APD officers to face criminal charges for first time

James Boyd shooting
APD officer Rick Ingram, pictured at right, points the yellow-colored Taser X12 shotgun at James Boyd on March 16, 2014. The shotgun had been discontinued nearly two years prior.

ALBUQUERQUE (KRQE) – District Attorney Kari Brandenburg plans to file murder charges on Monday against the two Albuquerque police officers who shot James Boyd in the Sandia Foothills last March, according to multiple sources with firsthand knowledge of her decision.

It will mark the first time an APD officer has faced criminal charges for shooting someone in the line of duty in New Mexico’s largest city. APD has one of the highest rates of police shootings in the country, and Boyd’s death was the result of the most controversial in a series of 27 fatal shootings here since 2010.

Boyd, 36, had been camping in a restricted area of open space at Albuquerque’s eastern edge. During a four-hour standoff with police who had responded to a call about Boyd from an area resident, he brandished two small knives multiple times.

One officer’s helmet-mounted camera captured the final moments of the encounter, when Boyd appeared to be complying with commands to leave the area. As he bent down to gather his belongings, an officer threw a flash-bang grenade at his feet. Another officer sicced a police dog on Boyd, who pulled the knives out of his pockets again. As he was turning away from the officers, two of them fired three rounds apiece from assault-style rifles, striking Boyd in the back.

Boyd, who suffered from paranoid schizophrenia, died later at the hospital.

Prosecutors will charge officer Dominique Perez of the APD SWAT team, and former detective Keith Sandy, who was allowed to retire from the department eight months after the shooting, by “criminal information,” the sources told KRQE News 13.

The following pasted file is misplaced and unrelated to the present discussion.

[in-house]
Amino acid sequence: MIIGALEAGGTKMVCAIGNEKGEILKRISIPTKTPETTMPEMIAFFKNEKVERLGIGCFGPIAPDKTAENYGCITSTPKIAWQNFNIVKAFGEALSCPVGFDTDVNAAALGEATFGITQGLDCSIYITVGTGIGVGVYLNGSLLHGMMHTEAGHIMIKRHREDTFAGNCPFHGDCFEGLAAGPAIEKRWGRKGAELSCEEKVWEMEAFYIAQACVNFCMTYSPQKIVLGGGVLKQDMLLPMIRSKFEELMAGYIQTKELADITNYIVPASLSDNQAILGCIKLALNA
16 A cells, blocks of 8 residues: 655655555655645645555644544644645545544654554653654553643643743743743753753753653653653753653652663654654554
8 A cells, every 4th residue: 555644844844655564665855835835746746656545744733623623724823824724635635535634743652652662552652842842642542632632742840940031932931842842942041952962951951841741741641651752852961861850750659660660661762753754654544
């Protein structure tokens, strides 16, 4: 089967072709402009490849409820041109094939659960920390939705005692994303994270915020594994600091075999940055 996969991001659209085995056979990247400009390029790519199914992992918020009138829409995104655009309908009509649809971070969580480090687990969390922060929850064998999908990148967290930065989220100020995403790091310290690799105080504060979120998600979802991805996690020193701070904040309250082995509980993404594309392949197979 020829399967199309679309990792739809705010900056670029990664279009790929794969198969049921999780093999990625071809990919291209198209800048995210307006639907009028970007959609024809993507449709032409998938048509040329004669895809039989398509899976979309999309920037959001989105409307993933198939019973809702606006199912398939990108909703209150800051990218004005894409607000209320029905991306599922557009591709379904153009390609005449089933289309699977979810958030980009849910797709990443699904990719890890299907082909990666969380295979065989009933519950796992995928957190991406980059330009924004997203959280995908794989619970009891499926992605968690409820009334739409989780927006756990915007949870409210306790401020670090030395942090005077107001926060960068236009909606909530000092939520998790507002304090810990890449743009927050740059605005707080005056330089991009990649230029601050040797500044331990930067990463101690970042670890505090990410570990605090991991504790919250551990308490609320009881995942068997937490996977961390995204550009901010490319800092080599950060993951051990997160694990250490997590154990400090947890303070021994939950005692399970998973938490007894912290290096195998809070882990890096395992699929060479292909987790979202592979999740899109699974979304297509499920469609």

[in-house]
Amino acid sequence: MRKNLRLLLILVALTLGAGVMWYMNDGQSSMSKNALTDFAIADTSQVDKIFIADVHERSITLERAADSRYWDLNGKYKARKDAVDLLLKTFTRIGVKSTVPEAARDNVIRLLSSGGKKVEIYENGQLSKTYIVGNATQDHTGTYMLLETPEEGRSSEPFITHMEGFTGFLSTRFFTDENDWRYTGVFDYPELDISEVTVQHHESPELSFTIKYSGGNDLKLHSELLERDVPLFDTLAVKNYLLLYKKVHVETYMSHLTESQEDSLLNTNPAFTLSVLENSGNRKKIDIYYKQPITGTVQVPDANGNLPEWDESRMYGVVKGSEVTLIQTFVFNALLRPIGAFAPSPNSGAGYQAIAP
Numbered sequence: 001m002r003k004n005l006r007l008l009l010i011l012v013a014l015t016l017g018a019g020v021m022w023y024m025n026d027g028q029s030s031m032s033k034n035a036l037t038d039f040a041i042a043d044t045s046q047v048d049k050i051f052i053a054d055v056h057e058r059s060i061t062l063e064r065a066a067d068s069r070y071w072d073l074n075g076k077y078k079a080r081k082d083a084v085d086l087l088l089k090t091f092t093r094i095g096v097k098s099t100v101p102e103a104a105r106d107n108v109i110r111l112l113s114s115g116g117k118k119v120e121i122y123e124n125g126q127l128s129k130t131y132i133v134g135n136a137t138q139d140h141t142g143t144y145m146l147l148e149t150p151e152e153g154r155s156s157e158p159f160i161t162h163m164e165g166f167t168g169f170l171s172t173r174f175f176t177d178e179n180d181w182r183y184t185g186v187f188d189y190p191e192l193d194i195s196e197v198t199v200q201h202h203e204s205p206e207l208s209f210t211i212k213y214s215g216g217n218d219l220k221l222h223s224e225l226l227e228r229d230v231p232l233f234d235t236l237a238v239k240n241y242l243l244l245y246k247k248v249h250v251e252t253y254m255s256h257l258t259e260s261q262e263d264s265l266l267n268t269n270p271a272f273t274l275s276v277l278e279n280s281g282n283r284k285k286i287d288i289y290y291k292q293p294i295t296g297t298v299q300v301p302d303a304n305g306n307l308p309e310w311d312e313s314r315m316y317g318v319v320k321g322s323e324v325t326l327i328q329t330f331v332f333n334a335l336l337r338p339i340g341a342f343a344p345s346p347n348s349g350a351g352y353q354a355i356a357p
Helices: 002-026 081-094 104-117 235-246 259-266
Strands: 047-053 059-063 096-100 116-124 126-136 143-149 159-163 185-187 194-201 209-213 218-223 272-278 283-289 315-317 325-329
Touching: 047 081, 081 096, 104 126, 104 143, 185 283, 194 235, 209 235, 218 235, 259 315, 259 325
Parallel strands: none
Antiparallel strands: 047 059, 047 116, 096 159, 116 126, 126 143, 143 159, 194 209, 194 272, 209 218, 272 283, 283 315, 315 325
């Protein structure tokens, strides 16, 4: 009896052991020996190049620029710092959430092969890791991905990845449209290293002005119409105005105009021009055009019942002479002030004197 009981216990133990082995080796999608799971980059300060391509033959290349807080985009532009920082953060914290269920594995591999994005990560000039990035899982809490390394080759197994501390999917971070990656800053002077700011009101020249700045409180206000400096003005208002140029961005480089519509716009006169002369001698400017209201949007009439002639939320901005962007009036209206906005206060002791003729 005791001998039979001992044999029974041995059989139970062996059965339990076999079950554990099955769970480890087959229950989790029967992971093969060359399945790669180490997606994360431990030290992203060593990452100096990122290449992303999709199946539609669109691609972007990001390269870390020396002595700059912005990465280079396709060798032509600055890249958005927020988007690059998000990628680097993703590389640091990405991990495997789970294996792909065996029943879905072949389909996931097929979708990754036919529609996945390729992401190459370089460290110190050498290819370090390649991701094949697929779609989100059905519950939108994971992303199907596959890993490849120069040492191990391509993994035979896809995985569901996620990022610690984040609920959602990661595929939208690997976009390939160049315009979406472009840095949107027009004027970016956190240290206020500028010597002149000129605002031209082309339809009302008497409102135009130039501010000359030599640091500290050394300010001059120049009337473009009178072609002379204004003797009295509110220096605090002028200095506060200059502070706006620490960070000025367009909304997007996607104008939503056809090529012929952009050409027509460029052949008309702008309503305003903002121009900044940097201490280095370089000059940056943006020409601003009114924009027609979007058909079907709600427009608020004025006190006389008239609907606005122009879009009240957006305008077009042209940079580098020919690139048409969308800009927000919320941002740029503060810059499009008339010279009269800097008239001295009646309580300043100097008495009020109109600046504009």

Filing charges by information is common in many parts of New Mexico, but rare in Bernalillo County. The process is authorized under New Mexico law and allows prosecutors to charge suspects without obtaining an indictment in a secret grand jury proceeding.

Preliminary Hearing Process

At a preliminary hearing for Keith Sandy and Dominique Perez, the officers would be able to contest the charges. Prosecutors also would present evidence at the hearing, which would be open to the public. At its conclusion, a District Court judge would decide whether there is probable cause to bind one or both of the officers over for trial.

The move is likely to trigger a preliminary hearing in state District Court, where Sandy and Perez would be able to contest the charges. Prosecutors also would present evidence at the hearing, which would be open to the public. At its conclusion, a District Court judge would decide whether there is probable cause to bind one or both of the officers over for trial.

Brandenburg’s filing will charge Sandy and Perez with open counts of murder. That means a trial jury could consider a range of charges from voluntary manslaughter, which carries a maximum sentence of six years in prison, to first-degree murder, which carries a potential life sentence.

Reached by telephone, Brandenburg refused to comment for this story. So did attorneys for the two officers.

News 13 first reported that the four-term District Attorney anticipated charging Sandy and Perez in a story on Dec. 16.